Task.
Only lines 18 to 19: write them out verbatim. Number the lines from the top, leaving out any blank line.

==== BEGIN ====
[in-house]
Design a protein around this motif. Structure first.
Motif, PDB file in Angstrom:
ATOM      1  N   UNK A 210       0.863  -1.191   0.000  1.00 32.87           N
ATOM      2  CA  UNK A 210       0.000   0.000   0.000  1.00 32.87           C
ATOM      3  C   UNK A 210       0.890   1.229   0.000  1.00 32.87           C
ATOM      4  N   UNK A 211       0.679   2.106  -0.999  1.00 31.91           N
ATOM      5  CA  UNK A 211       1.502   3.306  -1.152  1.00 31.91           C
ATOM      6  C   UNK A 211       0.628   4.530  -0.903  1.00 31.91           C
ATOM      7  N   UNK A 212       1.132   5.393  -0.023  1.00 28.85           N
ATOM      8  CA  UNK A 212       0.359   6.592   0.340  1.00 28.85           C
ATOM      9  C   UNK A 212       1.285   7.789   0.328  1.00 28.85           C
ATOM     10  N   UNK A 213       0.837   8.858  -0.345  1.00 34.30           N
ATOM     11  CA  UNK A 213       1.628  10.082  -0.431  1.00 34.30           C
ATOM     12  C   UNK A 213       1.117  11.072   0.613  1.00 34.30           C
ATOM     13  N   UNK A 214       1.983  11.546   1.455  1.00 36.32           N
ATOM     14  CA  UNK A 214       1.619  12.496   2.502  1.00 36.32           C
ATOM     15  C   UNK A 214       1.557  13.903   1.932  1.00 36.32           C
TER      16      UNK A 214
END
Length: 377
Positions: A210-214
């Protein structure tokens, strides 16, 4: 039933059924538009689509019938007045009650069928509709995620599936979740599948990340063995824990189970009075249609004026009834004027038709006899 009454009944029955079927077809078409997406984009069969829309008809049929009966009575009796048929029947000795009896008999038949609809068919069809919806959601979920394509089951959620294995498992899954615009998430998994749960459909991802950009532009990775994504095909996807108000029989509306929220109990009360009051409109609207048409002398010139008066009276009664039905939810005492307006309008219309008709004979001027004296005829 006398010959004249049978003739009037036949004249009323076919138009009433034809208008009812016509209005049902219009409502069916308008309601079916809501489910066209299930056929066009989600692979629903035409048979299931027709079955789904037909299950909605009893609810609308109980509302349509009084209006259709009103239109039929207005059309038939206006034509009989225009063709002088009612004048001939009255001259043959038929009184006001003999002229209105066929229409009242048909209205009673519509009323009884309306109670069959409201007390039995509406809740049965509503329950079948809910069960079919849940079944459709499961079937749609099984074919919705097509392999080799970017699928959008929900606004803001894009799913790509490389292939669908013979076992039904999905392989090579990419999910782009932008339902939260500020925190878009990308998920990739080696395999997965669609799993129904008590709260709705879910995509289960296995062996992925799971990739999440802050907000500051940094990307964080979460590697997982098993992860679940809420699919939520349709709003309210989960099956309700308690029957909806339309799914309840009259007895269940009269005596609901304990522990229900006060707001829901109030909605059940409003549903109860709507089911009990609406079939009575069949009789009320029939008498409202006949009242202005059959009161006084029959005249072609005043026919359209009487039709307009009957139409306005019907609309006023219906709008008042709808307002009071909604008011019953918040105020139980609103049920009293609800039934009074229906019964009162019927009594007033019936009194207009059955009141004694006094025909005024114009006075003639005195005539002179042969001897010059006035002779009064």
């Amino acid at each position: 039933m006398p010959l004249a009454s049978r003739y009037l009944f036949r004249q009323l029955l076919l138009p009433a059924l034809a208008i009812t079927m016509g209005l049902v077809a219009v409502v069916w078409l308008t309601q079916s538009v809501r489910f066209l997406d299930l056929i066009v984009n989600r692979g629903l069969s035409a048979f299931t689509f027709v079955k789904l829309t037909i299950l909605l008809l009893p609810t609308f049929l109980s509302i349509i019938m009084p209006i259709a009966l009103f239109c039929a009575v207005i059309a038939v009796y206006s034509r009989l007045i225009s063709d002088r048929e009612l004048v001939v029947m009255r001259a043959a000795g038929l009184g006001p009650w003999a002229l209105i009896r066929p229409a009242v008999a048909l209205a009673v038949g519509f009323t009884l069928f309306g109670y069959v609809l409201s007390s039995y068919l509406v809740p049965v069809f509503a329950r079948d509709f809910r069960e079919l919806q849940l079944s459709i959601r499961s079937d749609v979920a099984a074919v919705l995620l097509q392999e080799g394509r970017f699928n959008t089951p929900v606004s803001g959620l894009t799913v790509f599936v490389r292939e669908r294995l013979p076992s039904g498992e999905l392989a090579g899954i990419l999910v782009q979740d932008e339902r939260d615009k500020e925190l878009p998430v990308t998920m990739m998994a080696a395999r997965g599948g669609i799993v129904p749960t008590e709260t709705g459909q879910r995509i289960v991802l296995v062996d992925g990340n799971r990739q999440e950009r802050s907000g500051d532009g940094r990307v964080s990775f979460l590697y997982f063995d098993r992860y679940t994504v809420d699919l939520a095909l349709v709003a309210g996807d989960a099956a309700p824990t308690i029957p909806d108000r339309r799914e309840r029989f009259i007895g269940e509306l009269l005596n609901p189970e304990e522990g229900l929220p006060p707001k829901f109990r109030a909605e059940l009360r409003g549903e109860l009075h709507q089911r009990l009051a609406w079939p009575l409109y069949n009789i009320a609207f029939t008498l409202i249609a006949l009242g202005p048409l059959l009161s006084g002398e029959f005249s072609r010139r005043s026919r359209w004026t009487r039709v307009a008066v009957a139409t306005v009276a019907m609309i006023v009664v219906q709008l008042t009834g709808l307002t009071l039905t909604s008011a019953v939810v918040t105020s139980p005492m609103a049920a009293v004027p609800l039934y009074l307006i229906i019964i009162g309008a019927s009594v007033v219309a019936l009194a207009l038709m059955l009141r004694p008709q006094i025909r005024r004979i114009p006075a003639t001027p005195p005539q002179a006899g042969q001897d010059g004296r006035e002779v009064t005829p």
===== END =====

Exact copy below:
ATOM     15  C   UNK A 214       1.557  13.903   1.932  1.00 36.32           C
TER      16      UNK A 214